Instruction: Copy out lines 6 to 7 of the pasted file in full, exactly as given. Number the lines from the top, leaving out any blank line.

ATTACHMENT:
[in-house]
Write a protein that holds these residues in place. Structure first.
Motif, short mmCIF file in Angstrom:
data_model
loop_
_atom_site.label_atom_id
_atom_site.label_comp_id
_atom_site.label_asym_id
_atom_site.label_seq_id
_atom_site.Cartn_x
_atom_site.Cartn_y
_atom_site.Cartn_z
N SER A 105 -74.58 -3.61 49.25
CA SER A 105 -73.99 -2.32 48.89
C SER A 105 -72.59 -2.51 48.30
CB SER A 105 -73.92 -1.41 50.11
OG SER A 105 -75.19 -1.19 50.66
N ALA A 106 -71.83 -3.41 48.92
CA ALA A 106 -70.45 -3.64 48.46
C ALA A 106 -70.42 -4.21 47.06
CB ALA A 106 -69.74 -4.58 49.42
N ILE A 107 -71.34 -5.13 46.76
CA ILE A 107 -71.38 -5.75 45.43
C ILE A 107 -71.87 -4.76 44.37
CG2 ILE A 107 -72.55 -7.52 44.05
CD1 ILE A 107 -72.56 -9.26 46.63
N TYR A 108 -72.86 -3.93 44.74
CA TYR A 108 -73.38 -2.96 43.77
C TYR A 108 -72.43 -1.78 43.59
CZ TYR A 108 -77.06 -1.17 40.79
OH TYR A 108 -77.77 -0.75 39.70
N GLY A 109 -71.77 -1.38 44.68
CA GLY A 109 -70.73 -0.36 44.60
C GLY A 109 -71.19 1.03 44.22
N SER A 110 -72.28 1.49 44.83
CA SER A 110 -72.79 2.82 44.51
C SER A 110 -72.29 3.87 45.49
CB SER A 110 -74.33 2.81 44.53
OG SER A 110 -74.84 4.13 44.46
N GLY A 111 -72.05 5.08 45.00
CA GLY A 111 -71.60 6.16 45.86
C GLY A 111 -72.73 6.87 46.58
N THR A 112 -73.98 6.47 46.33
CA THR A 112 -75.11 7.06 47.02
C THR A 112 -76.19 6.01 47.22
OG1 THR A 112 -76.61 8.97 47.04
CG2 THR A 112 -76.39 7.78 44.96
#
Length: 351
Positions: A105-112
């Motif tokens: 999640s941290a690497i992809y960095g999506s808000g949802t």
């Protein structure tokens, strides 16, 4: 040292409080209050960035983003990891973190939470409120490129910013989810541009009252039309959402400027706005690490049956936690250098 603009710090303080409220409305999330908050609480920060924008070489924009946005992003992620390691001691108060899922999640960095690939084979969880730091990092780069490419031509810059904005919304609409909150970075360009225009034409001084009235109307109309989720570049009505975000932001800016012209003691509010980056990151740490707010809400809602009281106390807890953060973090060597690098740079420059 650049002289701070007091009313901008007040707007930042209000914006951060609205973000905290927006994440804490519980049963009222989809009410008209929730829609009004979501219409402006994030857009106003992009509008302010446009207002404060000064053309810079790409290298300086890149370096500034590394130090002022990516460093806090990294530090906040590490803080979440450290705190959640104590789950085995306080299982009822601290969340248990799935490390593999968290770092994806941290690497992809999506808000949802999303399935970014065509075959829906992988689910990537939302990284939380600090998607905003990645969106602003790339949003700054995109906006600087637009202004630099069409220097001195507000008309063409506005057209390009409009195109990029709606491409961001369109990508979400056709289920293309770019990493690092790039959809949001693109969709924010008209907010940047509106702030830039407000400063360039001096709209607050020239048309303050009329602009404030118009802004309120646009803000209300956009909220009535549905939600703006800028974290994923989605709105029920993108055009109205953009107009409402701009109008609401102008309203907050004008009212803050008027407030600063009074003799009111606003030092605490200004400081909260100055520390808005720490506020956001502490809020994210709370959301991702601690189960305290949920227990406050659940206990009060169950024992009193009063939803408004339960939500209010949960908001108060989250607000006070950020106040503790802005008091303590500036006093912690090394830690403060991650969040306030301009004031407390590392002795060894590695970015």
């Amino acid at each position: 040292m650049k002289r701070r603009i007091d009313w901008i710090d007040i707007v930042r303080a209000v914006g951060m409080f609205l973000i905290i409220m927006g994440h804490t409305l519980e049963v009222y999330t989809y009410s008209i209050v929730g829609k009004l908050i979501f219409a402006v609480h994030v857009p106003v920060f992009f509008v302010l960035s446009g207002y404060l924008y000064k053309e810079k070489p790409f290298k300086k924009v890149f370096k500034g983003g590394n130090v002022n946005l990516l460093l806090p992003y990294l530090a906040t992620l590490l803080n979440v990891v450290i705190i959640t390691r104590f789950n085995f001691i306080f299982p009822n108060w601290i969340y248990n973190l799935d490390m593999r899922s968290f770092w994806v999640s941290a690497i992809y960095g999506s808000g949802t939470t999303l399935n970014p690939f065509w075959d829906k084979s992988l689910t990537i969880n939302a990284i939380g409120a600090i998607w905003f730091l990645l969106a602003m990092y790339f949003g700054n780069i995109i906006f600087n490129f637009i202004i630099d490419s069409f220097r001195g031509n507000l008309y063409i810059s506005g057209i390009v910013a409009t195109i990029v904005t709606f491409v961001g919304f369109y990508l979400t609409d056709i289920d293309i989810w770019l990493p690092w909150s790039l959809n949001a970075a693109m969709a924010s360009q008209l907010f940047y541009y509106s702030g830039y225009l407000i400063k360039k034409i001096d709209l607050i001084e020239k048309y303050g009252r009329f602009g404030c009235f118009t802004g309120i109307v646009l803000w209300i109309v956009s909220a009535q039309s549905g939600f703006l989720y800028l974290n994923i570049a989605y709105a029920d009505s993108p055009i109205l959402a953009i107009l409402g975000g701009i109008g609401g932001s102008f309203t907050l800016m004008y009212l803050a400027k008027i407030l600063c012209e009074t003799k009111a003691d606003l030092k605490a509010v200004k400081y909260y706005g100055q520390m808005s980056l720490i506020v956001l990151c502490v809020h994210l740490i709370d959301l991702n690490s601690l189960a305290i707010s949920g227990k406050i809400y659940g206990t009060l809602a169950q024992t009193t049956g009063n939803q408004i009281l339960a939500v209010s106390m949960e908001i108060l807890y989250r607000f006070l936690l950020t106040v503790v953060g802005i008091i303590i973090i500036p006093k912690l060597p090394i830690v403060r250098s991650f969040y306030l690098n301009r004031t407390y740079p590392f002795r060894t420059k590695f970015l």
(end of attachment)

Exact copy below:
_atom_site.label_atom_id
_atom_site.label_comp_id